26 June 2017

The Lie Detector

My Time magazine came yesterday. The man on the cover is Special Counsel and former FBI Director, Robert Mueller. Underneath his photo is the sub-title Someone's not telling the truth.

Wow. Can this man with his extensive education and background and work experience be able to sort out fiction from lies? Surely he can, but this is a new challenge for him. He's never had an investigation like this. But he does have plenty of money and a dream-team of legal eagles on his side. Personally, I think he will eventually cut through all the lies, deceits and cover-ups but it will take time.

As writers we are hoping to be as Lawrence Block (a belated happy birthday, Larry) titled his book, Telling Lies For Fun And Profit. We are liars of the first, second, third and last order. And, boy, do we have fun doing it.

Just a couple of things to remember. If we have a character who is a police officer and we interrogate people to find out who committed the crime, do we rely on the old stand-by like body language? Do we express that? How the suspect, slouched and seemed uninterested.

Does our amateur sleuth draw any conclusion from the person who will not look directly into the character's eyes. That is another basic "tell" of a liar.

Do we ask the right questions in order to catch the suspect in a lie? Of course, we do these things. And Class, be sure you set things up so that you either have an idea the suspect is lying. Or have your character acknowledge that he or she knows they need more proof.

Most parents have a built in bull-pucky meter in their head and know almost instinctively when their child is lying. If that's true then your character might even say or think that. It's doesn't guaranteed they know when a suspect is lying.

You know, as a writer you must make your story or book believable so be sure and check on the reality of your character either detecting a lie or missing it altogether. If your character misses it then be sure you set it up that way.

If all else fails, have your suspect take a lie detector test. I remember Very Special Agent Tony what's-his-name in the NCIS  TV series telling a suspect once that every time the man lied, his (meaning Tony's) ears would itch. Tony had proof of part and part he suspected, but scratched his ears at the right time and the suspect confessed. Makes me laugh every time I think about it. And I do know Tony's last name, I just am not sure of the spelling at the moment.

I realize most of you reading this are published writers. Most also have awards and honors for writing excellence. But gentle reminders of details are always welcome in my book. Just continue telling and detecting lies because that's what we do.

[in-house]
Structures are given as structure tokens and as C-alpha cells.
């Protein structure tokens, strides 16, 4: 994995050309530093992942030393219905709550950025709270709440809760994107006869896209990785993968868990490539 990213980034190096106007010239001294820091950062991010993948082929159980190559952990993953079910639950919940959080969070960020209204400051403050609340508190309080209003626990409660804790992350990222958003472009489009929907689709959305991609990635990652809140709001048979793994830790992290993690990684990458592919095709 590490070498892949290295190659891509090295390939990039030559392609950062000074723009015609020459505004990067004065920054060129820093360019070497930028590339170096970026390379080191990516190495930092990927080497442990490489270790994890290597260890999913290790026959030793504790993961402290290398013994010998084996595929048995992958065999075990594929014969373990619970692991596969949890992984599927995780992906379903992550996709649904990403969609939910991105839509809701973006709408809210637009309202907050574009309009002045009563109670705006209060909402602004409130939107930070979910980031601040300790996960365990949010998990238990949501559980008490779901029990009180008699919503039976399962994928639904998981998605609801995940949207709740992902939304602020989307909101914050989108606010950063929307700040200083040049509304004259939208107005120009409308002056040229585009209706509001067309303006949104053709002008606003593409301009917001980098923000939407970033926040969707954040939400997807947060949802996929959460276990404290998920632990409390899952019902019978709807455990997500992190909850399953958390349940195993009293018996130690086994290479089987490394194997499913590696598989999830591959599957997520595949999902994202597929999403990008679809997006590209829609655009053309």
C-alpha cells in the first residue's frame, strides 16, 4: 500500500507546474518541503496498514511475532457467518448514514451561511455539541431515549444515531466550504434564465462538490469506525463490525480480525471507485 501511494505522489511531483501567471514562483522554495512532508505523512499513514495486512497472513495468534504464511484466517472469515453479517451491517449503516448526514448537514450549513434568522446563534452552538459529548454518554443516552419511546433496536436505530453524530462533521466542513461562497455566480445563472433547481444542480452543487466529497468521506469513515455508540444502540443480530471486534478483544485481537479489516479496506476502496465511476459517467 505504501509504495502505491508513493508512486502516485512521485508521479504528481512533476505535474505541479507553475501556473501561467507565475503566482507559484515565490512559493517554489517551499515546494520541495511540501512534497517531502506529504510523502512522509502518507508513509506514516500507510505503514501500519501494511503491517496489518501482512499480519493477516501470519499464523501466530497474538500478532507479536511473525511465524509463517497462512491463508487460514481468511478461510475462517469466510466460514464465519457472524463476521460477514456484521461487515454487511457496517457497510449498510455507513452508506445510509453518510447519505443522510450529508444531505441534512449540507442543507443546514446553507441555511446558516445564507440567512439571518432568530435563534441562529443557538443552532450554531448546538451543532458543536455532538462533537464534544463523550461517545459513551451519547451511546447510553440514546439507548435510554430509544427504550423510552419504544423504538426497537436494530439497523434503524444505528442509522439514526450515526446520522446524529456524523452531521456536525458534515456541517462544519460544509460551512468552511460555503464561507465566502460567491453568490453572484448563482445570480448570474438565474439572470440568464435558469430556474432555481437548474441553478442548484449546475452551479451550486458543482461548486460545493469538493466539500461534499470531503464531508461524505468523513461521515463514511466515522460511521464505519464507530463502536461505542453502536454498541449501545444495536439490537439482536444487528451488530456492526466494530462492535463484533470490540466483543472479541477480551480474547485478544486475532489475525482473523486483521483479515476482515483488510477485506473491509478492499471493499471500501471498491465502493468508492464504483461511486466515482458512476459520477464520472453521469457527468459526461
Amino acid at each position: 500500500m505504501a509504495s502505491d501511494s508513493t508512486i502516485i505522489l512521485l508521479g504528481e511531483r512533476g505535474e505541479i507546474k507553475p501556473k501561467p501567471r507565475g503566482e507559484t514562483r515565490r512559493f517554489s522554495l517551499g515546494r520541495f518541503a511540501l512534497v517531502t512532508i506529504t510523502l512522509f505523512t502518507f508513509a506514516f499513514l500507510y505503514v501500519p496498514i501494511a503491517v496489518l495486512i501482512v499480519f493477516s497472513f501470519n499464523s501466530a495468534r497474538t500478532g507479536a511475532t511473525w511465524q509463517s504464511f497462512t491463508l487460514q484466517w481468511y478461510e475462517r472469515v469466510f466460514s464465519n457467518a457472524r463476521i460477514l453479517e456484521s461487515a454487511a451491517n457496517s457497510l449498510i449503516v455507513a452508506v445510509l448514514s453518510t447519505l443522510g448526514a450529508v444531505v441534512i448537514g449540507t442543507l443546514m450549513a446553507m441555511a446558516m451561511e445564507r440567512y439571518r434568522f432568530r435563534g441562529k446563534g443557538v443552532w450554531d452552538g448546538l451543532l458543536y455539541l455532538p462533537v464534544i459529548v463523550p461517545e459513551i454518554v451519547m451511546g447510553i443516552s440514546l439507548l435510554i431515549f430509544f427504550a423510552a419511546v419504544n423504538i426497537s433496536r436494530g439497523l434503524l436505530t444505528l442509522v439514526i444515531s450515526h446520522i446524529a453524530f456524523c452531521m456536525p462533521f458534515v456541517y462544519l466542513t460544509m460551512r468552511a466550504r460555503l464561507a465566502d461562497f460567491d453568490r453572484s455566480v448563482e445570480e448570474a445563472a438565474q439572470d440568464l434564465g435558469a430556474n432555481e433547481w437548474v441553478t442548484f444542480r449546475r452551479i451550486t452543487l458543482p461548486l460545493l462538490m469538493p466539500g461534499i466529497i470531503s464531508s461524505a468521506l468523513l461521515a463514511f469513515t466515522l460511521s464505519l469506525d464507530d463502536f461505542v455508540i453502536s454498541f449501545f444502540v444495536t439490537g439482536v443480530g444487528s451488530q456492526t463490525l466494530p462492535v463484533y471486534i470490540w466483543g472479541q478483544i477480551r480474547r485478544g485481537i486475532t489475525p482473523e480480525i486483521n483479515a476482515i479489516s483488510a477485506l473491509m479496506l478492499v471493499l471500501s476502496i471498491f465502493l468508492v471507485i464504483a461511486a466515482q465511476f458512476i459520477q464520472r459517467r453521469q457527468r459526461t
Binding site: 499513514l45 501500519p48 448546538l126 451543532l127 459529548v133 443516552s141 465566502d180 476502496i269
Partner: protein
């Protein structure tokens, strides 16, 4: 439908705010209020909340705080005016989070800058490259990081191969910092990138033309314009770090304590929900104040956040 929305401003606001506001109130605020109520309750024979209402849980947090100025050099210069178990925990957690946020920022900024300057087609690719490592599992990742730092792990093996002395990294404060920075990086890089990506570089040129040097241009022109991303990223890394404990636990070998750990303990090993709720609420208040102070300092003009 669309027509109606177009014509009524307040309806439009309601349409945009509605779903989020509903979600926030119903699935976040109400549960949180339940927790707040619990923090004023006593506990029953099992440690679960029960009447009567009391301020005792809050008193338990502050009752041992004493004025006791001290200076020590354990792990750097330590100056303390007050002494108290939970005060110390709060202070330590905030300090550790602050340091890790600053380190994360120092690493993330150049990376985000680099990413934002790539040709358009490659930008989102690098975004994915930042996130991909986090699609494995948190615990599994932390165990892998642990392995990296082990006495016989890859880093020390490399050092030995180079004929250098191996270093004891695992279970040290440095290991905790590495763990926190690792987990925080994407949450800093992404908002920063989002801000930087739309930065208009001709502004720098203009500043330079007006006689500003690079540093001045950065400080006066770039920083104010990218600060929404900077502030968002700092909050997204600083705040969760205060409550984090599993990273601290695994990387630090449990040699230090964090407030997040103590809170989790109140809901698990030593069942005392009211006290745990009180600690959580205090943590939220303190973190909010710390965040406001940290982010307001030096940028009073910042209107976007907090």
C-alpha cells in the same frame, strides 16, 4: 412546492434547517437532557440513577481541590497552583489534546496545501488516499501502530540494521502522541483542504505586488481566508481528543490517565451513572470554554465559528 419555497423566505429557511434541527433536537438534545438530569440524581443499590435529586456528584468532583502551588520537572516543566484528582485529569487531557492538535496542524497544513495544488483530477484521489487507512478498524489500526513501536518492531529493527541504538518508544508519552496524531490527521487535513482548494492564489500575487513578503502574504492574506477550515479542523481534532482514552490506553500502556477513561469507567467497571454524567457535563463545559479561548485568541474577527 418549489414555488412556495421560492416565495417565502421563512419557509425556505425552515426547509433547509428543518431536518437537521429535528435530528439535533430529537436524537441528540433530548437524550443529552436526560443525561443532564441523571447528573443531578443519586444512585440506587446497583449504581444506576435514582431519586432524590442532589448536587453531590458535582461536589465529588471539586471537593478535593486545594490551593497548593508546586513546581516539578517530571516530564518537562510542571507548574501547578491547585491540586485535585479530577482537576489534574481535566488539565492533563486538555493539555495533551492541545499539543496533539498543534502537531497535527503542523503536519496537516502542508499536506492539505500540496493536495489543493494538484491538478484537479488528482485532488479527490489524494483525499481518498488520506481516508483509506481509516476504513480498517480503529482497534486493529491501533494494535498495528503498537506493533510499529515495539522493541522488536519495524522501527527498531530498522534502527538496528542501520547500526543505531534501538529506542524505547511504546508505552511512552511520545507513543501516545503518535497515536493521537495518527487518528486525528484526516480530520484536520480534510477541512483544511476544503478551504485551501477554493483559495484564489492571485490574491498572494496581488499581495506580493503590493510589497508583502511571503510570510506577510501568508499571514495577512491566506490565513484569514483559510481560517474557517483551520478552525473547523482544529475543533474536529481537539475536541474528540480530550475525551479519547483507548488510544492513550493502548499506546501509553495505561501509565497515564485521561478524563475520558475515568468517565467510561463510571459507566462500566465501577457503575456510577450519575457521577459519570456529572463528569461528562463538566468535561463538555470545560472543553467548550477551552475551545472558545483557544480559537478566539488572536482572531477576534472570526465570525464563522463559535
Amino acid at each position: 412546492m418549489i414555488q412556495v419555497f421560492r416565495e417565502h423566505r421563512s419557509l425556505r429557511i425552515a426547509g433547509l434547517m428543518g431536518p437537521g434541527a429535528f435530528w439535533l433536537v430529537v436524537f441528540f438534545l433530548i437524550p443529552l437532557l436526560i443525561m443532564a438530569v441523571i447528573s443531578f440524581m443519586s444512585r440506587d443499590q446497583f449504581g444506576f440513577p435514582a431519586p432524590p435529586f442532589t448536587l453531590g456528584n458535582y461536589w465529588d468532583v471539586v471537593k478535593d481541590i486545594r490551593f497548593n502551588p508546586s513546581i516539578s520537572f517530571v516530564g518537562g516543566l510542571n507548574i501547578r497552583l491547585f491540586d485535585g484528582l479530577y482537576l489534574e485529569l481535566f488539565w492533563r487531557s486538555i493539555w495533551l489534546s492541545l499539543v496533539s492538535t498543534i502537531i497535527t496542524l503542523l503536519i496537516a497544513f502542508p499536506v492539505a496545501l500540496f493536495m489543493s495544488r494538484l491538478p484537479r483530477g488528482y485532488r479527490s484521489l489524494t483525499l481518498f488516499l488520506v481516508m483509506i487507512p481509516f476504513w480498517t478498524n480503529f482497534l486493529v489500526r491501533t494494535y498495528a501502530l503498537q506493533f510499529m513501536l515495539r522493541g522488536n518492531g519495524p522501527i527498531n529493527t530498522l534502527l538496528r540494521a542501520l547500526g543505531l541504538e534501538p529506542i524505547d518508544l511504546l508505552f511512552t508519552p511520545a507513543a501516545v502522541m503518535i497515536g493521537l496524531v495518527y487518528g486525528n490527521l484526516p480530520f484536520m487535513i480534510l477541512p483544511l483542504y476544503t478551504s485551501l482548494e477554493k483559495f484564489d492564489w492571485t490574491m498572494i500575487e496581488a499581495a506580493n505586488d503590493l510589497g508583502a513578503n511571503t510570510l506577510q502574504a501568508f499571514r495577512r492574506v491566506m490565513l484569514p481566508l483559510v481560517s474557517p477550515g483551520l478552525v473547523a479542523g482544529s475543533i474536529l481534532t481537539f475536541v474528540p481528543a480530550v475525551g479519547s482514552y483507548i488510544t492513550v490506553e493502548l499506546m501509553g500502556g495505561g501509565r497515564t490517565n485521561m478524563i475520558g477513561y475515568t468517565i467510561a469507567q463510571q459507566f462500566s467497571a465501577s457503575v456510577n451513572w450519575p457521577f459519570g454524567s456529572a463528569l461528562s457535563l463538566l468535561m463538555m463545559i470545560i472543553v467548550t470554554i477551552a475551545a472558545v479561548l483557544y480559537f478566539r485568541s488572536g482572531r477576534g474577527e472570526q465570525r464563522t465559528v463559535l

1. Suspecting or believing someone is lying is one thing. But being able to prove it is another matter. I'm reminded of a scene in one of the Harry Potter movies, in which Harry tells professors Snape and McGonagall that Draco Malfoy is the person who put a curse on ... a character whose name escapes me. Snape asks for the proof, and Harry says he just knows. And while it turned out that Harry was right, Snape correctly scoffed at using a gut feeling as proof. I wish Mr. Mueller better luck and better evidence.

    1. Thanks, Barb. All the luch for Muller for sure.

  2. Good post here, Jan--appreciate this look at how to incorporate all this on the page. And yes, as Barb said, good luck to Mr. Mueller. Truth really is stranger than fiction....

  3. Enjoyed your post, Jan. We can all use reminders sometimes.

  4. I remember either Miss Marple or Inspector Craddock saying they had an aunt who said she could smell a lie. I kind of doubt that, but I do like one of Miss Marple's "tells" of when someone was telling her a lie: a person who looks right at you and never blinks as they talk.

    Yep, we're in the business of inventing lies and then figuring out how to dismantle them. Thanks for the post!

  5. Just for the record:

    Michael Weatherly's NCIS character was Tony DiNozzo (pronounced dee-NOTE-zo.
    Not that it really matters, given that Mr. Weatherly is no longer on that show -

    - so it's all a lot of Bull anyway ...

    ... come to think of it, Dr. Bull is kind of a human lie detector himself ...

    1. I thought DiNozza had 2 "z"s but Not sure.

      (Groan) on your Bull pun but very clever..haha.

  6. Yes, best of luck to Mr. Mueller. If the D. tells him he's fired, he should just say no & refuse to budge.

    I'm reminded of the rulebook at a place I used to work. The book had a list of offenses which would get a person fired. One was "known or suspected dishonesty". Known dishonesty, I can understand, but how do you prove a negative?

  7. Thanks everyone for your comments.

    Eve, I read someone before writing of a person who could smell a lie. I always thought when I read that it meant that person had a real knack for catching someone in a lie...that they were an expert.


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